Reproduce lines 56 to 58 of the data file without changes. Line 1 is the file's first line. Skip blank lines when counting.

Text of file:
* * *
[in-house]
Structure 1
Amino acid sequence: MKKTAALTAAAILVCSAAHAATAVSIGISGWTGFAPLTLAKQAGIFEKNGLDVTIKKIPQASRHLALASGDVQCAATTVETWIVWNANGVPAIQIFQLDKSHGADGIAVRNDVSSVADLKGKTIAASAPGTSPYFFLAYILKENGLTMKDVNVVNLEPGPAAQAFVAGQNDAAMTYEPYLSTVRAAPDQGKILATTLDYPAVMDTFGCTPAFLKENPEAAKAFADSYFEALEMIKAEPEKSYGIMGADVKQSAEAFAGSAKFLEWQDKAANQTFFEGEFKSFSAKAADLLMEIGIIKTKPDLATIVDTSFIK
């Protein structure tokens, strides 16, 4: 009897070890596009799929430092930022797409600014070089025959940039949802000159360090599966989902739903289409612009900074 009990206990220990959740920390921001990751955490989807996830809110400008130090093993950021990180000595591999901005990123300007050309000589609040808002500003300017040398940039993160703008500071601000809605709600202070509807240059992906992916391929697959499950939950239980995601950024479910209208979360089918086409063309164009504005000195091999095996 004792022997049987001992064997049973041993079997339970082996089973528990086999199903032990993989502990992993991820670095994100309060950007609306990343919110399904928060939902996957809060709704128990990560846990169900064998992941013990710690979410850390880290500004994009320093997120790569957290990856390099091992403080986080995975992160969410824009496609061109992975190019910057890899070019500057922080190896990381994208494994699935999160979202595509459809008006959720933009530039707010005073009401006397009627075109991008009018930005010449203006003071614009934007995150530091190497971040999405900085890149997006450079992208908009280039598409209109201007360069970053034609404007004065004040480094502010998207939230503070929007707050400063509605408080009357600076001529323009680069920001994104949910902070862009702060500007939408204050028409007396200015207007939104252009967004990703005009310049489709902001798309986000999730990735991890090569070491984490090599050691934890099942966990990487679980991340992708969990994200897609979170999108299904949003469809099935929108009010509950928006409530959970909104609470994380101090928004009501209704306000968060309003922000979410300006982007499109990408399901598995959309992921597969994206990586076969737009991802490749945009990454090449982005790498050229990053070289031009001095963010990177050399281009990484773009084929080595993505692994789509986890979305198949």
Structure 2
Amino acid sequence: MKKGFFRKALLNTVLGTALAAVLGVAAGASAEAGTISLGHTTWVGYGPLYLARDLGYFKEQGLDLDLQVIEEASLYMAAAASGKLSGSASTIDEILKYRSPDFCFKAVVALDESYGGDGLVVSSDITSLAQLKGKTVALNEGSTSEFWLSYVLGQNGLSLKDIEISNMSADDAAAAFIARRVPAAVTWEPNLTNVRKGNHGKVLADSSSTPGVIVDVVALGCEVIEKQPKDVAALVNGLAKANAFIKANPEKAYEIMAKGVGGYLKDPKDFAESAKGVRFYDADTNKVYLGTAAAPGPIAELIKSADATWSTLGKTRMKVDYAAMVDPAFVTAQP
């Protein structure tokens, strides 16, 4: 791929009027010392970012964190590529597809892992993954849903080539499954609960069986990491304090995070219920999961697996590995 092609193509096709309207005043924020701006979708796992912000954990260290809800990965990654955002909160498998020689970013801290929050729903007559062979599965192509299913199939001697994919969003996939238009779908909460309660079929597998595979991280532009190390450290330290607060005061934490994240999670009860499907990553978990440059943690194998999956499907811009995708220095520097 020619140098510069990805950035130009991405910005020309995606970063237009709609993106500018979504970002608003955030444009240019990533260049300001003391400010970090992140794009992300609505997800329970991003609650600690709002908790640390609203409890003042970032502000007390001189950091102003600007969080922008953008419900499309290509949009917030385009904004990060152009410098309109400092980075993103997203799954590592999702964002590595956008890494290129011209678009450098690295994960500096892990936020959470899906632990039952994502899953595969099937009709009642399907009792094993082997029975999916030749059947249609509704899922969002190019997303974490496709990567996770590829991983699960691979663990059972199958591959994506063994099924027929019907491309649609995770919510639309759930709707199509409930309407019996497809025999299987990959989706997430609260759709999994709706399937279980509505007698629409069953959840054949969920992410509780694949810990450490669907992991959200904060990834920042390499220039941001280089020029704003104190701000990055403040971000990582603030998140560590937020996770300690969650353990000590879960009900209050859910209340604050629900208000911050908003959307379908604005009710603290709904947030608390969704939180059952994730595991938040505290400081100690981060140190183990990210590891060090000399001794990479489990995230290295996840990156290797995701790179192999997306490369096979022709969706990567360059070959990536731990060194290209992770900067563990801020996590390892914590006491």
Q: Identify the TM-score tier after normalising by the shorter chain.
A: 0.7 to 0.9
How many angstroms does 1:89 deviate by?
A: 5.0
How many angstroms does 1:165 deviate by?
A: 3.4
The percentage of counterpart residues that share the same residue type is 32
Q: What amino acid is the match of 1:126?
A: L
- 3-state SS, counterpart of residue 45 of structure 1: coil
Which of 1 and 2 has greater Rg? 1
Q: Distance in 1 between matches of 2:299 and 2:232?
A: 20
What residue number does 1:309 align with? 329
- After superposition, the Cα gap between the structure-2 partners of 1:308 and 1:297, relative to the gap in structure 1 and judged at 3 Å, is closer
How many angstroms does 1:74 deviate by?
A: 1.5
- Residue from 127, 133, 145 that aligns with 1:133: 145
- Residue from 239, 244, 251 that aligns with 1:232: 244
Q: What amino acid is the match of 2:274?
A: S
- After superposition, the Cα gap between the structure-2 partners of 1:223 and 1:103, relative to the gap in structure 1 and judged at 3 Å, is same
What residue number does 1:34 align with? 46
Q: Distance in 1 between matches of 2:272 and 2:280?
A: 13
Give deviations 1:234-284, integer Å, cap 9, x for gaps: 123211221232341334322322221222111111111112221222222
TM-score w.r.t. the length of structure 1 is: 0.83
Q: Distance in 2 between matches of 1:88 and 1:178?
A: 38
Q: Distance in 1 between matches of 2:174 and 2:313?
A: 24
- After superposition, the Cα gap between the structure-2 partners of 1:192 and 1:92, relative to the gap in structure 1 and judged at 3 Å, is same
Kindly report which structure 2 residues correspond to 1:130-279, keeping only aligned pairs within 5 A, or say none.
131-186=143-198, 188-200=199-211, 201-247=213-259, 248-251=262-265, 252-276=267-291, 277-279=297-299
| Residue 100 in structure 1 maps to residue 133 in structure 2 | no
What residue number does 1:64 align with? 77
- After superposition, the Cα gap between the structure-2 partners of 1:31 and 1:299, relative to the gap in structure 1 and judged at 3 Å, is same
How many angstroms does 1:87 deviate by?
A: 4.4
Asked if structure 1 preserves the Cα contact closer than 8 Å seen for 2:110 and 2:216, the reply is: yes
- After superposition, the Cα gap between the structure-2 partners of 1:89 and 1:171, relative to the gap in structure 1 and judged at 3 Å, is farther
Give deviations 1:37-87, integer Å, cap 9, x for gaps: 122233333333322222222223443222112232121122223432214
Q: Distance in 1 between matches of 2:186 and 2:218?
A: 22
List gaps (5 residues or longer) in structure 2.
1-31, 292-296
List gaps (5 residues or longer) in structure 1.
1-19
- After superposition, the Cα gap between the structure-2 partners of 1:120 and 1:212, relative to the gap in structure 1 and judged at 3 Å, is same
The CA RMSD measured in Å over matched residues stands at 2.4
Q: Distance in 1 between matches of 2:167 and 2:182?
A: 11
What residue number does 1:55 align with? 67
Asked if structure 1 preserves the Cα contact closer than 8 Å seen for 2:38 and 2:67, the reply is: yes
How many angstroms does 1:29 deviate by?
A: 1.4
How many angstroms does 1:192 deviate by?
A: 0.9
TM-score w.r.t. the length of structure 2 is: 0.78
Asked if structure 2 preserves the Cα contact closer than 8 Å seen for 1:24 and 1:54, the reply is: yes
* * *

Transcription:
- After superposition, the Cα gap between the structure-2 partners of 1:120 and 1:212, relative to the gap in structure 1 and judged at 3 Å, is same
The CA RMSD measured in Å over matched residues stands at 2.4
Q: Distance in 1 between matches of 2:167 and 2:182?